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Stress the Positive

Susan Bryant

Stress. Pressure. Anxiety. Tension. Whatever you call it, there is no shortage of it in today’s fast-paced, technologically advanced workplace. Consider these statistics:

  • Stress-related disorders are fast becoming the most prevalent reason for worker disability, according to the National Institute for Occupational Safety and Health.
  • Job stress and related problems cost American companies an estimated $200 billion or more annually through absenteeism, turnover, accidents, etc.
  • The World Health Organization calls job stress a “worldwide epidemic.”

Obviously stress has a powerful impact on us. Can we eliminate the stressors of modern work life? No — and it’s a good thing we can’t. We need a certain degree of stress in our lives to spur us to action, challenge our perception of what we are capable of and help us reach new levels of performance. The trick is learning how to manage the stress as opposed to being overwhelmed by it.

Bill Delano, founder of Job Stress Help, an Internet service that provides confidential, individualized advice via email to those experiencing job-stress, has these suggestions:

In with the Good Air, Out with the Bad

Take a breathing break. Frequent short breaks during the day allow you to breathe deeply and relax your mind, preventing stress build-up.

Know the Enemy

What, exactly, is stressing you out? Is it your job? Your home life? Your relationships? Without knowing the root of the problem, you are unlikely to resolve it. If you are having difficulty identifying the source of your stress, seek professional help from your Employee Assistance Program or a mental health professional.

Move It or Lose It

Begin an exercise program. Exercise helps release endorphins, which relieves stress.

Let Go

Recognize the difference between the things you can control and the things you cannot. Make a list of these two categories. Starting today, make a pact with yourself to stop stressing about the things in your job you have no control over.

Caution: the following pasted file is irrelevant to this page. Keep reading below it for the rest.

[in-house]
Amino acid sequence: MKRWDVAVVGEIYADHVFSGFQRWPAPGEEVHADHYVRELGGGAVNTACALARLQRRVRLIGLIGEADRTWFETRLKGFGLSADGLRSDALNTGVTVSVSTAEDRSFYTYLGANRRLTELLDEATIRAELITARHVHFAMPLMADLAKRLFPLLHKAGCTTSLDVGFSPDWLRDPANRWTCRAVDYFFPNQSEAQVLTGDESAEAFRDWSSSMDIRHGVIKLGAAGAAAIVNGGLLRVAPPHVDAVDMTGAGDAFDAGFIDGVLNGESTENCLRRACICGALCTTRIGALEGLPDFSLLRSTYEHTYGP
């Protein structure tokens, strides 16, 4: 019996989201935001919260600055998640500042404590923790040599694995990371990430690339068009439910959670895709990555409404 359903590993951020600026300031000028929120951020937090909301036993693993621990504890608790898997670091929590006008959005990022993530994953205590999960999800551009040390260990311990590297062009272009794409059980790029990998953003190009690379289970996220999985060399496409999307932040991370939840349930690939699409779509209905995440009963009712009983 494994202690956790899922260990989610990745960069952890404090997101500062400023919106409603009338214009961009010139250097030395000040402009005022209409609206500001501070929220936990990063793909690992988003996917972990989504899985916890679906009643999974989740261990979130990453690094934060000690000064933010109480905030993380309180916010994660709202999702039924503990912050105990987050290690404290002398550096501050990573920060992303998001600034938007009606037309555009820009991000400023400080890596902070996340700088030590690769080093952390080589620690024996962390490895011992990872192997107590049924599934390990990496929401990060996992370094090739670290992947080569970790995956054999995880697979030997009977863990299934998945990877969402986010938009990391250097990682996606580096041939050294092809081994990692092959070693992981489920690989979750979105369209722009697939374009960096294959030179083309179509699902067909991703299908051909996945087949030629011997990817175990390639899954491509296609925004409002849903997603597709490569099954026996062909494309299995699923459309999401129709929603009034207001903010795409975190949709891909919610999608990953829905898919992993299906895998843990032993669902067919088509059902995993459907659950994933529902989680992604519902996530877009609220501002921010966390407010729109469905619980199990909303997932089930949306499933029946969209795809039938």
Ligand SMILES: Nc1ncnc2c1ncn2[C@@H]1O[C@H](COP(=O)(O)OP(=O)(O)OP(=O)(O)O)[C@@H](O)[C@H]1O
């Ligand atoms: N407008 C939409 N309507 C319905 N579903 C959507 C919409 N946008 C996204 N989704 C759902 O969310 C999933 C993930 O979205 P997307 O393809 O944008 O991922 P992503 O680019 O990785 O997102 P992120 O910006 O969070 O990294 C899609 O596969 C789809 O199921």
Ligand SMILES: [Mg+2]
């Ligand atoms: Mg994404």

Beware of the To-Do List

Take note of all the good work you do and give yourself credit for it. Set short-term goals and allow yourself to take satisfaction in achieving them.

Develop a Tough Skin

Try not to personalize any criticism you receive. Look at negative comments as constructive criticism that allows you to improve your work. If, however, the criticism is verbally abusive, e.g., your boss yells at you or uses vulgar language, discuss this problem with your manager or human resources department.

Share the Load

Delegate or share work whenever possible. Don’t fall into the trap of thinking you are the only person who can do the job right. Your coworkers and boss might start to buy into that concept as well.

Don’t Make Work a Four-Letter Word

Job stress builds when our minds are constantly focused on work. Strive for balance in your life. Make time for family, friends, hobbies and, most importantly, fun.

Know Your Rights

Read the Guide to Workplace Law – http://www.amazon.com/exec/obidos/ASIN/0375721401 by the American Bar Association. It’s important to know your rights as an employee or employer.

Although learning to manage a stressful job is important, sometimes it makes more sense to leave it. How can you determine when it’s time to give your job the heave-ho? You know it’s time to quit when:

  • You’ve tried all the appropriate channels and methods for resolving your situation, to no avail (or the appropriate channels are not made available).
  • Your boss is intimidating, disrespectful or demeaning to you.
  • You are so bored on the job that you are exhausted by the end of the day. If you don’t have an upwardly mobile career path that challenges you to grow professionally, it’s time to look for a more interesting position.

Find a school that will get you ready for a career in rescue and public safety.


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